The news was inspiring: a Dutch man, diagnosed as comatose for 23 years, showed signs of brain response. But when he was "interviewed" on television late last year, observers quickly wondered if the words were his, or those of the "facilitator" helping direct his finger to the keyboard. In the future, researchers hope to let such "locked-in" patients communicate more directly, by eavesdropping on their brain signals.
The least invasive techniques exploit signals outside the body. But neurologist Jerry Shih of the Mayo Clinic in Jacksonville, FL, cautions that the electrical signals, such as those used for electro-encephalography, degrade in passing through the skull and tissue, so they are only good for simple actions like operating a remote control.
As an alternative, Shih and his colleagues enlisted several patients who had already been fitted with electrodes directly on the surface of their brains to treat epilepsy. The resulting "electro-corticography" measurements indicated clearly when a subject paid attention to particular letters flashing on a screen. These clues could help patients spell out words, even though the electrodes were not placed over the area of the brain that specializes in speech. "Brain signals from areas outside of the language cortex may contain enough information to be translated effectively into language," Shih says.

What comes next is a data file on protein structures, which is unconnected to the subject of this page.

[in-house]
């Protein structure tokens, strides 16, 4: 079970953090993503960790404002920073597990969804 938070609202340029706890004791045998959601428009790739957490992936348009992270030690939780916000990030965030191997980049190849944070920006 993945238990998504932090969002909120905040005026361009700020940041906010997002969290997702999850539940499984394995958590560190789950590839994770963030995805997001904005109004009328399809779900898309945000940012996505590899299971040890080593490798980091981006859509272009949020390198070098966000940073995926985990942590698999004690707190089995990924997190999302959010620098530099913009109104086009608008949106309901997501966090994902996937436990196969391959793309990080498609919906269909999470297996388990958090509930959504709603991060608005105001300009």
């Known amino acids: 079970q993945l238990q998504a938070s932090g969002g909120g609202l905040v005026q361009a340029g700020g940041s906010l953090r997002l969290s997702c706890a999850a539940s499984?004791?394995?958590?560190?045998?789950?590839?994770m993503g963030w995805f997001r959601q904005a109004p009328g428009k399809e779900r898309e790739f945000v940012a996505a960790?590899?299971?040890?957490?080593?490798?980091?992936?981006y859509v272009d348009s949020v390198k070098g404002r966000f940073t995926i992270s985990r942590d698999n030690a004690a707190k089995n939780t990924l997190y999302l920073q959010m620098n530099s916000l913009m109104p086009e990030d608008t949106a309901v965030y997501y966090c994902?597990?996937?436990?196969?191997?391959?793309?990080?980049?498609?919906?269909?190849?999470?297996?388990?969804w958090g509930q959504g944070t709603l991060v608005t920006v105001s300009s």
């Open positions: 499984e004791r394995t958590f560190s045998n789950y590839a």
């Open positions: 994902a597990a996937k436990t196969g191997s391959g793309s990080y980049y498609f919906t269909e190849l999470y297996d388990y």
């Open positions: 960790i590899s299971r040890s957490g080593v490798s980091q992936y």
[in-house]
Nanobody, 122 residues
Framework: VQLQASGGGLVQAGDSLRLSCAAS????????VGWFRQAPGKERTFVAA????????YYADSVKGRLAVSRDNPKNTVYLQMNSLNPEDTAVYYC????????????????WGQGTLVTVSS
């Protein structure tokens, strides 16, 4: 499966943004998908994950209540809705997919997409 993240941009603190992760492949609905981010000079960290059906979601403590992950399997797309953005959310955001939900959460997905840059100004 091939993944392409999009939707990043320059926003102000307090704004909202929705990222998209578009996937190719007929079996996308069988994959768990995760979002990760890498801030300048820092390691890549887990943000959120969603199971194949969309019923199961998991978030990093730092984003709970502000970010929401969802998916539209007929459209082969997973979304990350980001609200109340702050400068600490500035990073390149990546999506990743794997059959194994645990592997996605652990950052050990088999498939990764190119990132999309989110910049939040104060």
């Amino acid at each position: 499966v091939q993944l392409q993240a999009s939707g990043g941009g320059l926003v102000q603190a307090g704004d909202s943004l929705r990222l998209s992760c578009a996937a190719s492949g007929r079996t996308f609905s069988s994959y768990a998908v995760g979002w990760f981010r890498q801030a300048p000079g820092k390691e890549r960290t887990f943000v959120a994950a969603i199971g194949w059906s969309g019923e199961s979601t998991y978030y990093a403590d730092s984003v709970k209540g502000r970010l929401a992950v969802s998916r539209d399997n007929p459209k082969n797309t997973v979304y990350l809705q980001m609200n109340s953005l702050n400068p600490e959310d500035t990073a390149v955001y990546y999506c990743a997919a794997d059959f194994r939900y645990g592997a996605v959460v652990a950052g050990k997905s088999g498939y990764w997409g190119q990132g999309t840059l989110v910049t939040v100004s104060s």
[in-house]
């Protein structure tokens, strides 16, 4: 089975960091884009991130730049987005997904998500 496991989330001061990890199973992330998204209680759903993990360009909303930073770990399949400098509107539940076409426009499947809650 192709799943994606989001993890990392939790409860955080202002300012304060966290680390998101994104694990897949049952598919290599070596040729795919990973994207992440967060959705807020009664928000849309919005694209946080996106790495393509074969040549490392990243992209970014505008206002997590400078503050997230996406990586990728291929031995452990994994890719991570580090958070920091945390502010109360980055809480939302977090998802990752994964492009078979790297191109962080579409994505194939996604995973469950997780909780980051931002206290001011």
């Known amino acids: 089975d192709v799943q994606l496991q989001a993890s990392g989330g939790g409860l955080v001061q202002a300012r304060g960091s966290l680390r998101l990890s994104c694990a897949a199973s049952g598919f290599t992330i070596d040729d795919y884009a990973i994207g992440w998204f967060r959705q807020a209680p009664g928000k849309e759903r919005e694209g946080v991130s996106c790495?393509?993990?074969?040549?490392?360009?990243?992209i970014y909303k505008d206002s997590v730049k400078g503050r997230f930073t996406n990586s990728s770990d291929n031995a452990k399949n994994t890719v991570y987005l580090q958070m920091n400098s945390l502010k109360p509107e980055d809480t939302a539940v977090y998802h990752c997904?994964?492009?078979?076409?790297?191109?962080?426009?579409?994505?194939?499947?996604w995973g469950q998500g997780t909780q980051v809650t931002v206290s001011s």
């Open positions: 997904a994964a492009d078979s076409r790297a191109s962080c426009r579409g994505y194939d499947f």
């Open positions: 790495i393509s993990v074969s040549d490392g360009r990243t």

In spite of these successes, such a large-scale measurement of brain activity still carries only limited information, says neuroscientist John Donoghue of Brown University. "That 'field potential' signal reflects input from thousands, if not millions, of neurons," he says. In contrast, he and his colleagues have been monitoring chips, each containing dozens of electrodes, implanted directly in the relevant areas of the brain. Each electrode measures the action potentials, or "spikes," produced by individual nerve cells. "That is the information language of the brain." Donoghue says.
Merely by thinking about moving their hand, subjects can point and click, giving them access to everything computers can do. "All four people that we've studied have been able to control a cursor," Donoghue says. Although the startup that originally sponsored the activity has moved on, the project continues, recently adding wireless transmission of brain signals to external equipment, which will be critical for patients to use the technology in real life.
In principle, implanted electronics could also pre-process the signals. Electrical engineer Rahul Sarpeshkar of MIT has been designing low-power electronics that does this using a probabilistic decoding scheme "where every spike matters," not just the average rate. Sarpeshkar is confident that implanted brain-machine interfaces will help many patients. "The proof-of-concept science has been done, and it's actually moving now to the stage where we have to engineer the system so that it's clinically useful. That takes time."
For now, the list of engineering challenges is long. "Until the technology becomes more robust and is proven over a wide range of subjects," Shih says, "it would be difficult to justify from a moral and medical standpoint."
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